Impromptu lesson in cooking paella for 50

Andalucians love to eat, drink and party, and no time is this more apparent than during social gatherings. Be it a religious celebration, a family affair, or simply a friendly get-together, any Spanish gathering is synonymous with lots and LOTS of food!

My husband has been taking a woodcarving class this spring and the end-of-term was celebrated with a humongous paella dinner for 50 outside the school. We had been told a noon start, so we showed up a few minutes late, to give them the Spanish benefit. As a dozen of the most loyal students were setting up saw horses for an impromptu 40’ table, I found this a perfect time for me to observe the making of the famous Spanish paella.

Often considered the national dish of Spain, a paella is a rice dish that originated in Valencia. A paella can contain meats, seafood or vegetables, or often all three depending on who is making it, what is available and how authentic the chef wants to be. All Spaniards have their own recipe and their very own way of making it – and if they don’t, their mother, brother, or father-in-law does.

Back under the shaded overhang of the school, Alfredo, the ‘chef’ and Mercedes, the equally capable ‘sous chef’, as well a handful other advice-givers, have chopped large bowls of onion and peppers, whilst continuing a friendly bickering about the art of paella making. As the mile-long table is magically filled with delicious, heart-clogging tapas dishes, a giant 3-circle gas-cooker is propped up on bricks and wooden wedges to make level ground for a bathtub-sized wok. In this, a generous 3 liters of olive oil and 50 cloves of garlic are left to simmer, while all move on to peel fruit for a 10-gallon tub of sangria.

After thirsts have been quenched and garlics have softened, a large bowl of onions (I’d guess a dozen), as well as equal amounts of red and green peppers are added. With many pointers from the pigeon gallery and ample willing hands, the wok is exchanged to a bigger-still paellera, the traditional flat paella dish, this one easily measuring 4 feet across! By this point, we have been there a couple of hours, but who is counting. It is sound advice never to go to a Spanish meal on an empty stomach. You will eat like there is no tomorrow, but the food will not be close to being done when you get there. Communal preparations, with or without ‘over my dead body’ looks from the competing chefs, are part of the process!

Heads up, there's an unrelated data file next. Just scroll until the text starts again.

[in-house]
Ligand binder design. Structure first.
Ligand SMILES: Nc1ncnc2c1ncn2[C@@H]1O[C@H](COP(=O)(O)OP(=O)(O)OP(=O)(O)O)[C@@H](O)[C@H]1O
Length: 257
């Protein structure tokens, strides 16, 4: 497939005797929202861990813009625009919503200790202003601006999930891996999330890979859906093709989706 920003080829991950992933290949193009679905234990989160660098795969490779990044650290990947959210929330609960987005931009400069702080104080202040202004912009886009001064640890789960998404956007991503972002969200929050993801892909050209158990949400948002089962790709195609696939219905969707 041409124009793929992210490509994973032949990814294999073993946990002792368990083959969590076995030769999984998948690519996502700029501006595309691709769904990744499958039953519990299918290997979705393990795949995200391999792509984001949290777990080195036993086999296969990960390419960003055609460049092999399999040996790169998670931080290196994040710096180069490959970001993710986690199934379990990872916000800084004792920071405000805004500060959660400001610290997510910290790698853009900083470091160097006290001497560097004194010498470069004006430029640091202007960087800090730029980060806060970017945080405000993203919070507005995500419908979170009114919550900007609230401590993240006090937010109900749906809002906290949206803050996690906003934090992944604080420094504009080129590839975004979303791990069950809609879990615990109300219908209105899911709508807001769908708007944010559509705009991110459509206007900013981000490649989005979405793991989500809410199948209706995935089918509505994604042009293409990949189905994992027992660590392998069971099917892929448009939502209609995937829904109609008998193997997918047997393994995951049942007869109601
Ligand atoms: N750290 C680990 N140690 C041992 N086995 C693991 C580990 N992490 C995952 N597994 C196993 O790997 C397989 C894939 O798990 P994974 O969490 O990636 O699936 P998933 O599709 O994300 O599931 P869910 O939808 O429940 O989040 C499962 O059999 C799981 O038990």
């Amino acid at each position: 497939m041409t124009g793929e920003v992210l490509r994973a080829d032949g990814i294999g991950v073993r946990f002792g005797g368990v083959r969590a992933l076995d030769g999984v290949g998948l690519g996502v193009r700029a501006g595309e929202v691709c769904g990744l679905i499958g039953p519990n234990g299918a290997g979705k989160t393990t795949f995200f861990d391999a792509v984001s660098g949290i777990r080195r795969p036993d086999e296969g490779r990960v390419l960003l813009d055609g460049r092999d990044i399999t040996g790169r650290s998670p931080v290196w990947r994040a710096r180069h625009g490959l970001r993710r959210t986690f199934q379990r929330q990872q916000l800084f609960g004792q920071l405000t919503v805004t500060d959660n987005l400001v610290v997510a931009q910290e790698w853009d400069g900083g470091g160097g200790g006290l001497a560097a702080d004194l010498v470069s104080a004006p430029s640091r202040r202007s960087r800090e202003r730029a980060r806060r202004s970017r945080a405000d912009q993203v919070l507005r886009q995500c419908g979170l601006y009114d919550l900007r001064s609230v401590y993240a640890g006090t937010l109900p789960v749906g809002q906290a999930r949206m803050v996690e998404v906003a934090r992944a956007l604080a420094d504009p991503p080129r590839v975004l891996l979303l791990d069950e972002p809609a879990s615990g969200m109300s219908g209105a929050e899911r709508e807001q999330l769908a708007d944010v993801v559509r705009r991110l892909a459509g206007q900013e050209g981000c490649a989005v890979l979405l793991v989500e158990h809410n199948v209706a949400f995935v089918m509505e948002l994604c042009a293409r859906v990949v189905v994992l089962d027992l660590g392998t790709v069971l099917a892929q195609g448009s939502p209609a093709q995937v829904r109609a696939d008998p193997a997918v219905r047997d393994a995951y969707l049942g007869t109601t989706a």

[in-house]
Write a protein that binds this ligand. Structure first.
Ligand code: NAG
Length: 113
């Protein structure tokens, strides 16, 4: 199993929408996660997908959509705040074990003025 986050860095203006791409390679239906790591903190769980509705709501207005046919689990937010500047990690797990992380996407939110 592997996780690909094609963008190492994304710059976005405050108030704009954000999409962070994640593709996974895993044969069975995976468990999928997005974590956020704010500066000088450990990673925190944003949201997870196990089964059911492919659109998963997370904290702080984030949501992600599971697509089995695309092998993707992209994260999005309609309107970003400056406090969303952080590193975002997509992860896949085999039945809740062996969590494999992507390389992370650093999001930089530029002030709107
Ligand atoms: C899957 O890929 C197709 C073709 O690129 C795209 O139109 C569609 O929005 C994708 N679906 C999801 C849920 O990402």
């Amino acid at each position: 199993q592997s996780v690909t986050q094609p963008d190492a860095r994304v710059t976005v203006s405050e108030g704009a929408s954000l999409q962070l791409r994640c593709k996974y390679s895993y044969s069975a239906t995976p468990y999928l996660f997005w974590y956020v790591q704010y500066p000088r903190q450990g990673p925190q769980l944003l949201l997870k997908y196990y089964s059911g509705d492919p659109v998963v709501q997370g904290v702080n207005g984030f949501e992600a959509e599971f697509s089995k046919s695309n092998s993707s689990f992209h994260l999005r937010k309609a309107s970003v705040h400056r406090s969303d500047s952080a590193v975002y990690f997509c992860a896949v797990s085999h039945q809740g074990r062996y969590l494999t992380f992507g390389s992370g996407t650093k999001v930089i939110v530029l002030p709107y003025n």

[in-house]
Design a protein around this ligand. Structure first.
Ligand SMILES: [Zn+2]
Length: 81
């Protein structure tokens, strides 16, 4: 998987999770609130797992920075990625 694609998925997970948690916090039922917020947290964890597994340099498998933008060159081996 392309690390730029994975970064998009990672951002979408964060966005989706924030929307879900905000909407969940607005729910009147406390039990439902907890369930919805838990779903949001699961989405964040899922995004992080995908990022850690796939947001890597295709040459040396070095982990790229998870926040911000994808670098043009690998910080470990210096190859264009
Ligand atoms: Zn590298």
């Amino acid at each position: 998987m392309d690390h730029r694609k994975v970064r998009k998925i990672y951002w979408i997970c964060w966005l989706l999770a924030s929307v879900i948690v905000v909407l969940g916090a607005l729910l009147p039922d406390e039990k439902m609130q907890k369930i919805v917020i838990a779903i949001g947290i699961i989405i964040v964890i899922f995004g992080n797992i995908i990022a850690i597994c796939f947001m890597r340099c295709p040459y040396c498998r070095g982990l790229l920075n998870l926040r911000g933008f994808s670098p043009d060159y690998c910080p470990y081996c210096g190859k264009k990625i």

Once the vegetables have acquired the desired softness and approval of both cooks, meats are to be added. Mercedes, who owns a carneceria in town insists that all meats should be washed, even if there is only a public lavatory from which to get water. Next, the rinsed pork (ca. 3 kg) gets spread into paellera, followed by a few kilos of chicken. Alfredo opens a package of table salt and throws generous handfuls. While the chef looks the other way, Mecedes brings out a container with her secret paella spice (ground pepper, thyme and clove, apparently) and spreads it over the meat. Then, for good measure, she too adds a few handfuls of salt…

An hour later (judging by my growing stomach), Alfredo spears a piece of meat with his wood carving knife  -worn by all self respecting rural Andalucian men- and gives it a try. It is not yet ready, so time for another beer for the cook. Then, packages of pre-sliced squid are added, followed by a wad of mussels. The pigeon gallery has lost interest, so I am the only one left in the fan club. The chefs are measuring rice (white and rounded) to determine the amount of water. 3 huge bowls of uncooked rice is poured into the mixture (traditionally in a sign of the cross) followed by 6 big bowls of water. The paella is almost toppling over the edge, but still there is saffron to be added, and, less traditional, but no less effective, orange food colouring…

Just a few finishing touches now: Mercedes peels a tomato and uses the peel to lovingly make a rose for the centre. Alfredo cuts strips of picked, roasted red peppers which he distributes throughout the top and finally lemon wedges are propped along the edge of the masterpiece. It is three and a half hour since we arrived to enjoy this meal and lord and behold, the paella is about to be served.  And let me tell you, it was worth the wait!

A couple of hours later, with full bellies and sangria tinted teeth, we are the very first to bid our thankful farewells and meander our way home, while the Spaniards party on into the night.

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